In many ways, my political beliefs and opinions are painfully cliche, at 20 years old and a student I’m a left-wing, Corybnista, remoaner … I’m pro-nationalisation, pro-choice, pro-EU and don’t even get me started on nuclear disarmament. However, where me and Jezza have always locked horns is tuition fees. Now that Mrs May wants to reduce them I’m probably against the idea even more, and I hate to say it but I think David Cameron and Nick Clegg were right. Theo Giles reports
Now, let’s not get our wires crossed, there are many things wrong with the way students pay for higher education – the system is in no way perfect. As the Prime Minister said today in Derby: we do “now have the most expensive systems of university in the world” but it is also worth remembering we have some of the best universities in the world too.
Oxford, Cambridge and Imperial College London all feature in the planets top 10. The rest of the list are American universities apart from the Federal Institute of Technology in Zurich. Both Switzerland and the United States charge for university education.
So for us to completely scrap tuition fees as suggested by Corbyn would put us in the dangerous position of funding universities in the same way as France, Spain, and Italy while still trying to provide a world class education. I worry that standards would fall and we like the rest of our industry fall off the map.
One of my major gripes with the system is the astonishingly high pay of the people in charge of these schools. Bath Spa university found itself in the eye of a storm after it was revealed that their ex-vice chancellor, Christina Slade, £800,000 in her final year – £425k of that was a golden handshake. This is ludicrous. To think that we live in a society in which 250,000 students in the UK are using sugar daddies to fund their education whilst we have a vice chancellor is getting paid two £200k short of a £1m is sickening.
Just to prove how ridiculous this is I made some calculations: with the same money Christina Slade was given by Bath Spa as her leaving present, 78 of their poorest students could have had free accommodation for a year in one of their halls of residences.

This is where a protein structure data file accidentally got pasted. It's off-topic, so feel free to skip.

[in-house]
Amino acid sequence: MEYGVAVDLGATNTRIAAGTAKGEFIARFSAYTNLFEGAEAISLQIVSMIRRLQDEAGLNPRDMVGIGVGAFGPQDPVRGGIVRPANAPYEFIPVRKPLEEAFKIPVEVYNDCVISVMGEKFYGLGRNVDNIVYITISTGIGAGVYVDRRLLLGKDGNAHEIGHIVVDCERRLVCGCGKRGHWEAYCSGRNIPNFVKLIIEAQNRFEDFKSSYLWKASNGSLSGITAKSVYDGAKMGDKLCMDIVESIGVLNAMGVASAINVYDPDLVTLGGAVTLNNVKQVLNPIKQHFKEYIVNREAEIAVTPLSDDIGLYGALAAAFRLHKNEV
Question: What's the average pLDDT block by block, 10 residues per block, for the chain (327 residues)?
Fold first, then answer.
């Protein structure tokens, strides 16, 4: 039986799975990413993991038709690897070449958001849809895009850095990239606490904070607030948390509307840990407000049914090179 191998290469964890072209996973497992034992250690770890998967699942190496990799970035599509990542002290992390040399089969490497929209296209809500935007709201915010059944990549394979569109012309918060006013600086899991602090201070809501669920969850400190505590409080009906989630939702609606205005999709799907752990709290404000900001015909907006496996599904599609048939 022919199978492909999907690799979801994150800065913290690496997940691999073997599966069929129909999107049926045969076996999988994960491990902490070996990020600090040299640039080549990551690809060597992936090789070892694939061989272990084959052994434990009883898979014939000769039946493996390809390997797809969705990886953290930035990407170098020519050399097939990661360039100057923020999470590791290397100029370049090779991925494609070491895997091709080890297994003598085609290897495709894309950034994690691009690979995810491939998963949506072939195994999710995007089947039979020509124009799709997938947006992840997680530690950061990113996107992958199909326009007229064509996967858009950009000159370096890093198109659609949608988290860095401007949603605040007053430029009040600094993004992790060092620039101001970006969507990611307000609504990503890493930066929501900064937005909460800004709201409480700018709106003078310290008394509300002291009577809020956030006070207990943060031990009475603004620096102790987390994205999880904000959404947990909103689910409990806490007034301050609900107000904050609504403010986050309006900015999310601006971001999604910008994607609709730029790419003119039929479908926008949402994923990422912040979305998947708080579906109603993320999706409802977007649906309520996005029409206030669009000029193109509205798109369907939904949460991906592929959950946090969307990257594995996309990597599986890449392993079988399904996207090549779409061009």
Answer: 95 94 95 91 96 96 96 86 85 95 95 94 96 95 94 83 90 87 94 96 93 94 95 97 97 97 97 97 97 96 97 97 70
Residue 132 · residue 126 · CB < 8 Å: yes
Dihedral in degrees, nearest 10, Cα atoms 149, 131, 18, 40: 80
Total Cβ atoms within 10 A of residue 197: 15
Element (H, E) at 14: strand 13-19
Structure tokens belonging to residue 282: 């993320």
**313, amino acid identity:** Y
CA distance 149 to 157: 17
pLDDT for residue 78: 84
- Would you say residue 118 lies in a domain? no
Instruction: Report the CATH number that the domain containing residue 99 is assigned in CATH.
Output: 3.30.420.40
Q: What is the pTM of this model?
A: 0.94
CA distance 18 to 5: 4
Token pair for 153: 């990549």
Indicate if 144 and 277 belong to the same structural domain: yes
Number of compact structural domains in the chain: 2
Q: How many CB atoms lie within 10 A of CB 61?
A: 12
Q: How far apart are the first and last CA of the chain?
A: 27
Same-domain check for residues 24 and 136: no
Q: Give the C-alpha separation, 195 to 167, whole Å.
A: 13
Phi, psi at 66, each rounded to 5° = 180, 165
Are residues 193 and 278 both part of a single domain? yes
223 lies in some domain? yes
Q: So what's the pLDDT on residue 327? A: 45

Social mobility should be at the centre of this debate. Of course we need to make sure that any young person can go to any university and do any course if they have the ability, their background and how much their parents earn should have no bearing.
However, as the students see none of the money they borrow for their tuition fees I don’t think lowering it will help. Where the money matters is maintenance loans as this is the money students see straight away. We need to revise the process in which we decide how much a student gets from the government to spend on living and rent. If all students got higher maintenance loans then social mobility would improve as everyone could afford to actually live at uni.
As it stands students repay nine percent of all of their earnings over the salary threshold, which now stands at £21k but will change to £25k in April. This means a medicine graduate, who typically earns £37k a year after graduating will pay back £1,080 a year. Which, if we are honest with each other, is not a lot. The loan is also cancelled after 30 years and it is predicted that only 17% of graduates are going to pay the full amount back.
So, who will lowering tuition fees help? Well, first and foremost it will help the parents who are rich enough to pay all of their child’s fees upfront. After that it will help the top 17% of earners who will pay back less. So in reality this is only going to help the highest earners in society. Which is okay if you have completed a degree which typically puts you in a well-paid job, or if you have rich parents – not exactly great for social mobility.
However, what Cameron and Clegg did by raising the tuition fee from £3k to £9k under the coalition is provided more immediate funds for universities from the highest earners in our society and from the rich parents that can afford the £27k outright fee.
What’s the answer you ask? Well as always there isn’t one simple answer.
I think there is a lot the government can work on. I think the re-introduction of grants to poorer students is part of the answer, along with an increased maintenance loan for all students. I also feel there is a case for variable fees. To pay £9k a year to be medically trained with access to cutting-edge equipment and teaching, to then get a job earning just shy of £40k per annum a year after graduating doesn’t seem like a bad deal. However the sticky end of the wicket is to pay £9k to study literature, in which you have to pay for the complete works of Shakespeare yourself, to then end up earning £19k one year after graduating.